Why pounds 7m didn't do nicely for taxman

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When Felix Dennis, co-founder of the Sixties magazine Oz and now a multi-millionaire publisher, went to pay his tax bill earlier this month, the man from the Revenue was delighted.

Mr Dennis took the cheque himself to the Inland Revenue office in Stratford- upon-Avon - as it was for pounds 7.8m. Simon Norris, the tax inspector, personally thanked Mr Dennis for the cheque. The publisher gave him a blown-up copy as a keepsake and the Revenue staff crowded round and applauded.

It was good natured and surely a sign that all was well between Mr Dennis and the Revenue. Four days later, Mr Dennis received a demand for pounds 1,343.81. His bill was due to be paid on 1 December, a Sunday. Mr Dennis decided to deliver it in person and waited until Monday. Result: a charge of one day's interest.

No matter that the tax office was shut on the Sunday so he could not physically pay the money. The Revenue claims he owes them interest. Mr Dennis, who went to jail after the Oz obscenity trial, is standing firm.

He may have built an estimated pounds 160m fortune but he will not pay the pounds 1,343.81. He is prepared to go to jail again. "I will go to prison before I pay. They are trying to screw the last drop of blood out of a stone," he says.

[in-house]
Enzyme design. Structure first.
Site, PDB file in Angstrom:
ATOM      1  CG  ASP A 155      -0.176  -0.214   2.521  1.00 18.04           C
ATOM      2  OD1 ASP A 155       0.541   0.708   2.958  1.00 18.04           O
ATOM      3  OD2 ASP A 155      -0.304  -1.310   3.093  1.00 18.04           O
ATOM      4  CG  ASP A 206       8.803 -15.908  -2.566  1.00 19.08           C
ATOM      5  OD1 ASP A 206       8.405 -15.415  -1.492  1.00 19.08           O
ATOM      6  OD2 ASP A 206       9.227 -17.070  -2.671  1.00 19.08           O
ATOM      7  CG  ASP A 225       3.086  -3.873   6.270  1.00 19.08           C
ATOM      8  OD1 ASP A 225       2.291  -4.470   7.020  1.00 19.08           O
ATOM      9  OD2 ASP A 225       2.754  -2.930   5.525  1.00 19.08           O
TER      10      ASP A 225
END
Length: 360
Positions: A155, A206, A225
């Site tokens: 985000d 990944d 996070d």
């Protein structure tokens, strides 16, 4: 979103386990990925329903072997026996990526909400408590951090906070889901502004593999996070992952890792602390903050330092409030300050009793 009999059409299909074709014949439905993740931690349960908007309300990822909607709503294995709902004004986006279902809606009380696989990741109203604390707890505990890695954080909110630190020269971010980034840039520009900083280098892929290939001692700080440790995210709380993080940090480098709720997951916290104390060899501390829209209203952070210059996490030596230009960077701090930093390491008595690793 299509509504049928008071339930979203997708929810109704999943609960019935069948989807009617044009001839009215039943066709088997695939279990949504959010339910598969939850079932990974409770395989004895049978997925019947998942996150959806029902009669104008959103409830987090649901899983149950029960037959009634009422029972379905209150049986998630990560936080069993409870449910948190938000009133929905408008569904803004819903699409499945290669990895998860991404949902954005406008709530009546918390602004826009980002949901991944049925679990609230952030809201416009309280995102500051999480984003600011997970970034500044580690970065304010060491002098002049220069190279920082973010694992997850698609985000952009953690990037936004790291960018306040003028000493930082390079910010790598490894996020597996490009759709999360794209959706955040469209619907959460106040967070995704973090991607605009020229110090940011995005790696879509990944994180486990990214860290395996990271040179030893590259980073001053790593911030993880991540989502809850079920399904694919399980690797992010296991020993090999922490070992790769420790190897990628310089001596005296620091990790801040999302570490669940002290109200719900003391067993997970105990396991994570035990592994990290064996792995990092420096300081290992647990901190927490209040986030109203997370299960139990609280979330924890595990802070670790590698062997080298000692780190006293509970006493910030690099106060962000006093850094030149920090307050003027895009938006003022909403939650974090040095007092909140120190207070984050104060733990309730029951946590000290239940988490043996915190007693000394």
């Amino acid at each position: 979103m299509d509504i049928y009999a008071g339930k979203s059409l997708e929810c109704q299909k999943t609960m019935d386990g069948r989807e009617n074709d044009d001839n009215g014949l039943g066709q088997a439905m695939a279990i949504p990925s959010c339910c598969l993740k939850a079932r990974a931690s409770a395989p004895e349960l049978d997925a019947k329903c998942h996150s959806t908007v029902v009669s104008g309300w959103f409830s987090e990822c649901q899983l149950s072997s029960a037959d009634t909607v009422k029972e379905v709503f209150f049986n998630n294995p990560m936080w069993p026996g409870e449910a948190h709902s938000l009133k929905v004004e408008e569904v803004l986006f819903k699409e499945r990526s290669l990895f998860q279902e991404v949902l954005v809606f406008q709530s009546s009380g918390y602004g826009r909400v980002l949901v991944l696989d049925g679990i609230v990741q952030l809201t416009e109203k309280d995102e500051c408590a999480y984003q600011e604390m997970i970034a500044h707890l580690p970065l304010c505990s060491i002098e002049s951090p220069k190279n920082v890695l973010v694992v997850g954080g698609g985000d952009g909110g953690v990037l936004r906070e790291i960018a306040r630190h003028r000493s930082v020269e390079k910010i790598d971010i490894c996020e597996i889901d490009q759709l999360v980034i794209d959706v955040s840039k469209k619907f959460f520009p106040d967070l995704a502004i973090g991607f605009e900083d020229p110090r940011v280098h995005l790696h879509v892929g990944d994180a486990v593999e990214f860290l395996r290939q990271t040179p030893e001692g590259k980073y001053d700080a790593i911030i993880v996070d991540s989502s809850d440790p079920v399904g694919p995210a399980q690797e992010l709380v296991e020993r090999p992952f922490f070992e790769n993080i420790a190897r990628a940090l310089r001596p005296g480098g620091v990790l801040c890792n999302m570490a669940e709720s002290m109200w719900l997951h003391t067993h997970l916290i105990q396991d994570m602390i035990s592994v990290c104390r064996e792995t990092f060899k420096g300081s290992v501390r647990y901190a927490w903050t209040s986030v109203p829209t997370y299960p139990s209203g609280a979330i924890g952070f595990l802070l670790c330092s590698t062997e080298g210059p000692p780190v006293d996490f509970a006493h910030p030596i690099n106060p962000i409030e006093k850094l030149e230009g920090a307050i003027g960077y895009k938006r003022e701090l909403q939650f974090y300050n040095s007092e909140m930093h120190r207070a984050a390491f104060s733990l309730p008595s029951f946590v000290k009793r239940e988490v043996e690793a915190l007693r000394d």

His case has highlighted one of the bizarre anomalies about dealing with the Revenue. If he had posted the cheque on Saturday 30 November, to arrive in Stratford on the Monday, it would have been treated as having been paid on the Saturday. As it was, he handed it over at the same time as it would have arrived by post - and was charged interest.

Mr Dennis claims he is the victim of what he calls "internecine warfare" between Stratford and the central collecting office in Glasgow. "The bill for the interest came from the boss of bosses in Glasgow," he says. "I'm being made an example of, to show Norris how it is done."

The Stratford office is scheduled for closure and, claims Mr Dennis, it was a case of "Glasgow trying to show the provincial guys how tough they are".

If the cheque for pounds 7.8m had been posted he would not have been faced with the claim for interest. But, asks Mr Dennis, who sends a cheque for that amount through the post?

The solution is for the Revenue not to send out bills payable on a Sunday. By the time they get around to changing their procedures, however, Mr Dennis may well be in prison.

A Revenue spokeswoman said: "If a payment is made by hand, the date of receipt is treated as the date of payment. If payment is made by post and the office is closed, receipt is treated as the first day the office was closed."

The spokeswoman refused to say whether the Revenue was prepared to see Mr Dennis go to jail.